The India organic food market size reached US$ 1,582.2 Million in 2023. Looking forward, IMARC Group expects the market to reach US$ 8,918.5 Million by 2032, exhibiting a growth rate (CAGR) of 21.19% during 2024-2032. 

The growing awareness regarding the health benefits of organic food products, growing consciousness regarding the health hazards associated with chemical pesticides and fertilisers, and increasing investments by Indian corporate firms in agritech, agribusinesses and organic farming represent some of the key factors driving the India organic food market which reached $1,582.2 million in 2023. It is estimated to see over 20 per cent growth in the coming years.

Hence, Gaurav Manchanda, Founder & Managing Director, The Organic World,  observed “We hope to see support for sustainable agricultural practices and incentives for organic farming initiatives. Strategic measures aimed at fostering a healthier and more environmentally conscious food industry would further bolster our mission to provide quality organic and natural groceries. We believe that government initiatives in this direction will not only benefit our business but will also contribute to the larger goal of creating a more sustainable and resilient food ecosystem for generations to come”.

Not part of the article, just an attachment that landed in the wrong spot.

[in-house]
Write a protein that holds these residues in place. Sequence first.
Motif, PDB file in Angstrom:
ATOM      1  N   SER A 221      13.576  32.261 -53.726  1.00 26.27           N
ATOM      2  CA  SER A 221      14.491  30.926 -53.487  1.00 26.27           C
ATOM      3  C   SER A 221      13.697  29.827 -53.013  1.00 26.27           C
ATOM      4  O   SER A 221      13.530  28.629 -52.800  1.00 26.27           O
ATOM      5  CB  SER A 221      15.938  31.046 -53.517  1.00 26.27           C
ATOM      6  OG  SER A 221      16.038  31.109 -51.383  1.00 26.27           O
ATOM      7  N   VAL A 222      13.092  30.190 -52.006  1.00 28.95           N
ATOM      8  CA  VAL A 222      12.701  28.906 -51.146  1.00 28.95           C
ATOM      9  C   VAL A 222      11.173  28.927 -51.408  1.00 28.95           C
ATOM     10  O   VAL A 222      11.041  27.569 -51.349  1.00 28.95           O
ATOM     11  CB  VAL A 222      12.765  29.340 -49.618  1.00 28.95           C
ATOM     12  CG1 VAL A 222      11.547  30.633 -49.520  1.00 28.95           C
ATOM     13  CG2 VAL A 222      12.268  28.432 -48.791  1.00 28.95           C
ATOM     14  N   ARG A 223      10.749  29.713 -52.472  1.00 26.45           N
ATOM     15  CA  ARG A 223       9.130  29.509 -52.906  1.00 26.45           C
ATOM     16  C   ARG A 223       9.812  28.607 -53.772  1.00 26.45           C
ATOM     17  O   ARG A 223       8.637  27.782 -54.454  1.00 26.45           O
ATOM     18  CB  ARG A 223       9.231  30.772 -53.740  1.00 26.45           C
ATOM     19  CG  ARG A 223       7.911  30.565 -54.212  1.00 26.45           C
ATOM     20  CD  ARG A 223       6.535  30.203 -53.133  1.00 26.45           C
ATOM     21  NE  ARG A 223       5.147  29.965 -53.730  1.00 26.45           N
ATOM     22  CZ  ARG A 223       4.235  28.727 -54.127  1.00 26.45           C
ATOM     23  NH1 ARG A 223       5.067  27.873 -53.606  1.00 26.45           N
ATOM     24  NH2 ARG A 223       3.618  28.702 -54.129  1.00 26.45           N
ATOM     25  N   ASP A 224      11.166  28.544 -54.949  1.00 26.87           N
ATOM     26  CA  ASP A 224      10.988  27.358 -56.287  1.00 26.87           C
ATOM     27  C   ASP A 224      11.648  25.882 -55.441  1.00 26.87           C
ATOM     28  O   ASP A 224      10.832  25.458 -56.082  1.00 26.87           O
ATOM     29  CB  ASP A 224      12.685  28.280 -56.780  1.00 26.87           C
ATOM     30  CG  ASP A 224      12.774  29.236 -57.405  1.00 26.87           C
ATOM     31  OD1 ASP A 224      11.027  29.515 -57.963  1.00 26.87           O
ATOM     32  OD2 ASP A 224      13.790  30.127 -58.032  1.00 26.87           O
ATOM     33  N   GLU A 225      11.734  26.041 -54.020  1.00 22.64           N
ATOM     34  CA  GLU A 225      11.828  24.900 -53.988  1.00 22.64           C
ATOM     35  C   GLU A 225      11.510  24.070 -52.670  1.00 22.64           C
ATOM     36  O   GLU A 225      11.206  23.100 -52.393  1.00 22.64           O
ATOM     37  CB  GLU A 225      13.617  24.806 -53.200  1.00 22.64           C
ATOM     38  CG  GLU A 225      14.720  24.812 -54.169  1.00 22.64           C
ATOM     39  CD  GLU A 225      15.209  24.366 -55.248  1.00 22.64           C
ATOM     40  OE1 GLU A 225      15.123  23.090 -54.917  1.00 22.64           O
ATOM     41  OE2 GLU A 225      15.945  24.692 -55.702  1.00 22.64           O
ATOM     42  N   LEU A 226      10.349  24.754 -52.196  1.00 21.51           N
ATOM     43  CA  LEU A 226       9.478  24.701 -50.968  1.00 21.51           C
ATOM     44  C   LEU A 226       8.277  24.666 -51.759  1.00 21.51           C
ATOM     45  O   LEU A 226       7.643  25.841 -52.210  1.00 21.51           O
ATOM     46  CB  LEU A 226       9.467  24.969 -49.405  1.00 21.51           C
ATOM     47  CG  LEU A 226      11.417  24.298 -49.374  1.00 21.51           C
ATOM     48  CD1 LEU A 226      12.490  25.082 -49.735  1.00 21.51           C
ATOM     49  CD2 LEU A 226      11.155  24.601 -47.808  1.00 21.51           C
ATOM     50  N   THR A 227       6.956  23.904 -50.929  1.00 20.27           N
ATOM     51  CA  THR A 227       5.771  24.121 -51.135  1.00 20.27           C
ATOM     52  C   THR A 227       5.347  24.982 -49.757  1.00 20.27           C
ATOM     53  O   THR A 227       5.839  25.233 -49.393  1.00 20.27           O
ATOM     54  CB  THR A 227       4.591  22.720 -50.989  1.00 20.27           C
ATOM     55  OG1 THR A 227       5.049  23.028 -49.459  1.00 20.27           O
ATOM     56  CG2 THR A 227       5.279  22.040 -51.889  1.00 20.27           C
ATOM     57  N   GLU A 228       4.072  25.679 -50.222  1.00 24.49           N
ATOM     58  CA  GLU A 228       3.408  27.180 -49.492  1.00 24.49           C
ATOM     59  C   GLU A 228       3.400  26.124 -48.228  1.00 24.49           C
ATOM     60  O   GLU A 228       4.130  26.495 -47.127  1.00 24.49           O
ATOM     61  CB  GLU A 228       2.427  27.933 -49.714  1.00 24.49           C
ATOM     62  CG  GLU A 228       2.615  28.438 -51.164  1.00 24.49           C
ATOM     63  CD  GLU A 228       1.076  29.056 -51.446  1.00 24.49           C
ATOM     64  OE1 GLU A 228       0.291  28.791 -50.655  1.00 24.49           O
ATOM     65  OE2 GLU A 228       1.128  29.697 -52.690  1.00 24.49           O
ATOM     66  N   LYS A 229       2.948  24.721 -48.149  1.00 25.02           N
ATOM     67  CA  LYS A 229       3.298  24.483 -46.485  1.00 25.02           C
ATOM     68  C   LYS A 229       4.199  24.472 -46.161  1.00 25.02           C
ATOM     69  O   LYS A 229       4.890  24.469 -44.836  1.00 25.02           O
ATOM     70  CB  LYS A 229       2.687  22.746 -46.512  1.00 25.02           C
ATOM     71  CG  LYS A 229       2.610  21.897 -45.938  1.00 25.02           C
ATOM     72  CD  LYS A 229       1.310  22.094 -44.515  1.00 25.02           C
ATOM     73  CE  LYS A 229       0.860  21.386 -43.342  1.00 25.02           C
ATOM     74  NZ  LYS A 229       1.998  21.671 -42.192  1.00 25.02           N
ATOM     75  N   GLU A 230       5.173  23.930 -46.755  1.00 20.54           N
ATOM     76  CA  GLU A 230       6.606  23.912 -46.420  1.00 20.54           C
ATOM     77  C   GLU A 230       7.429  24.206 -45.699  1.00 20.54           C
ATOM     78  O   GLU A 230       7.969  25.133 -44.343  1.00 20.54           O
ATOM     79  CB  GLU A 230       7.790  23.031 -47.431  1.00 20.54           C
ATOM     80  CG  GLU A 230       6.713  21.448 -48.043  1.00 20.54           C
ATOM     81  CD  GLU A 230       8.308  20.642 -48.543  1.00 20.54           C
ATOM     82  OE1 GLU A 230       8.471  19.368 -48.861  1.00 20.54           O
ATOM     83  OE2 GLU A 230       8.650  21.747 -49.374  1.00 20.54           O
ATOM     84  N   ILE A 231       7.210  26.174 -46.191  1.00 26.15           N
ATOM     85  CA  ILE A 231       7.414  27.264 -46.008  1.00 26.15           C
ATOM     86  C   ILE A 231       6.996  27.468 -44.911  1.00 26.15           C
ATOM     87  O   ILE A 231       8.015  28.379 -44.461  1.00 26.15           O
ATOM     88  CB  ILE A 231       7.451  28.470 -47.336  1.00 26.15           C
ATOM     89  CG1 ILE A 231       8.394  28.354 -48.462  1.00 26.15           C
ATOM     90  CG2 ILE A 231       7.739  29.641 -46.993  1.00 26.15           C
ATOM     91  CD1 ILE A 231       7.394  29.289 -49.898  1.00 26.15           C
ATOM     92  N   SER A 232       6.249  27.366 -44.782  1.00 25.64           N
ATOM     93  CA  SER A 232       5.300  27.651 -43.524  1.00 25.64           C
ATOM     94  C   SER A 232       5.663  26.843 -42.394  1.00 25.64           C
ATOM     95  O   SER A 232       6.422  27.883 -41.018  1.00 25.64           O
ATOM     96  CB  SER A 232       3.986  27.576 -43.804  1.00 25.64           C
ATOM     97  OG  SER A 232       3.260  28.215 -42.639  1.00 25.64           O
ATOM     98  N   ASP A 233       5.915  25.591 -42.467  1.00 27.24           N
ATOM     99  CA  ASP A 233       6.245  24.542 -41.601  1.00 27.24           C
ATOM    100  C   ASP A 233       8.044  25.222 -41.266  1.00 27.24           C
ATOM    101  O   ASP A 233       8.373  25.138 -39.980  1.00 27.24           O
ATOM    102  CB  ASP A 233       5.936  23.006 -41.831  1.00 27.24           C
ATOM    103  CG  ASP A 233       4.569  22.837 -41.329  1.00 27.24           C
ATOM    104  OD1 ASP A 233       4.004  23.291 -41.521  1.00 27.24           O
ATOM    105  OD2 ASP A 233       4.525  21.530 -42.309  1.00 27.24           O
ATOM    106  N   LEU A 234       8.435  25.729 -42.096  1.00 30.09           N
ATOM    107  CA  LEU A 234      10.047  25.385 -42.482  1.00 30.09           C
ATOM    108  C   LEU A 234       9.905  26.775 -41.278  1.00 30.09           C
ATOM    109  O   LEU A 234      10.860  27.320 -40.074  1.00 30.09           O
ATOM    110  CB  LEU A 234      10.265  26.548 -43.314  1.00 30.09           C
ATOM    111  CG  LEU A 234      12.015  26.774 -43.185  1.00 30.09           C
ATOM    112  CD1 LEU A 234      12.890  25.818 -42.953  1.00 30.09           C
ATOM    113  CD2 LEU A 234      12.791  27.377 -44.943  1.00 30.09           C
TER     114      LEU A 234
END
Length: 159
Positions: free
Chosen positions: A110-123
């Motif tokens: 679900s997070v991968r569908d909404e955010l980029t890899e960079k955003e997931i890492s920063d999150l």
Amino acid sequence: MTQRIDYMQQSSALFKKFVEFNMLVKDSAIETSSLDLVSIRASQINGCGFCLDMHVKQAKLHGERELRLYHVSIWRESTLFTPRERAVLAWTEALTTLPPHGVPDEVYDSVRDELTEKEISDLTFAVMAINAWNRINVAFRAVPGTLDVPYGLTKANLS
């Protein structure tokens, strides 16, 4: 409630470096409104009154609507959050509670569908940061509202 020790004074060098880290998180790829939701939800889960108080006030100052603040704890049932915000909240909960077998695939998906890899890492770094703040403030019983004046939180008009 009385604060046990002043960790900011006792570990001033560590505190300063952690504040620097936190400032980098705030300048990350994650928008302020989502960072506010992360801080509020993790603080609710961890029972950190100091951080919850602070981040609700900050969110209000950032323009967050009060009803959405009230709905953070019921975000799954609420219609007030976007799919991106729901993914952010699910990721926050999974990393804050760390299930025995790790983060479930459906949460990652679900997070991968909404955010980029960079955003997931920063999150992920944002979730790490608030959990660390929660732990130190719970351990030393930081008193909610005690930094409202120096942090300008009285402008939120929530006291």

Sharing his thoughts Bharat Sawnani, F&B Consultants, Elevantus said, “The Indian economy’s new growth forecast says that we will grow by 7 per cent, an increase from the previous 6.5 per cent buoyed by factors such as rising rural consumption and increasing capital expenditure. I hope that we can curb the rising inflation, driven by food. India’s retail inflation surged to 5.55 per cent in November, food inflation was 8.7 per cent, and vegetable inflation was a staggering 18 per cent. The budget should keep improving the manufacturing sector to generate more rural, and semi-urban jobs. Also, the budget should carry forward the improvements in ease of doing business by reducing the compliance burden.”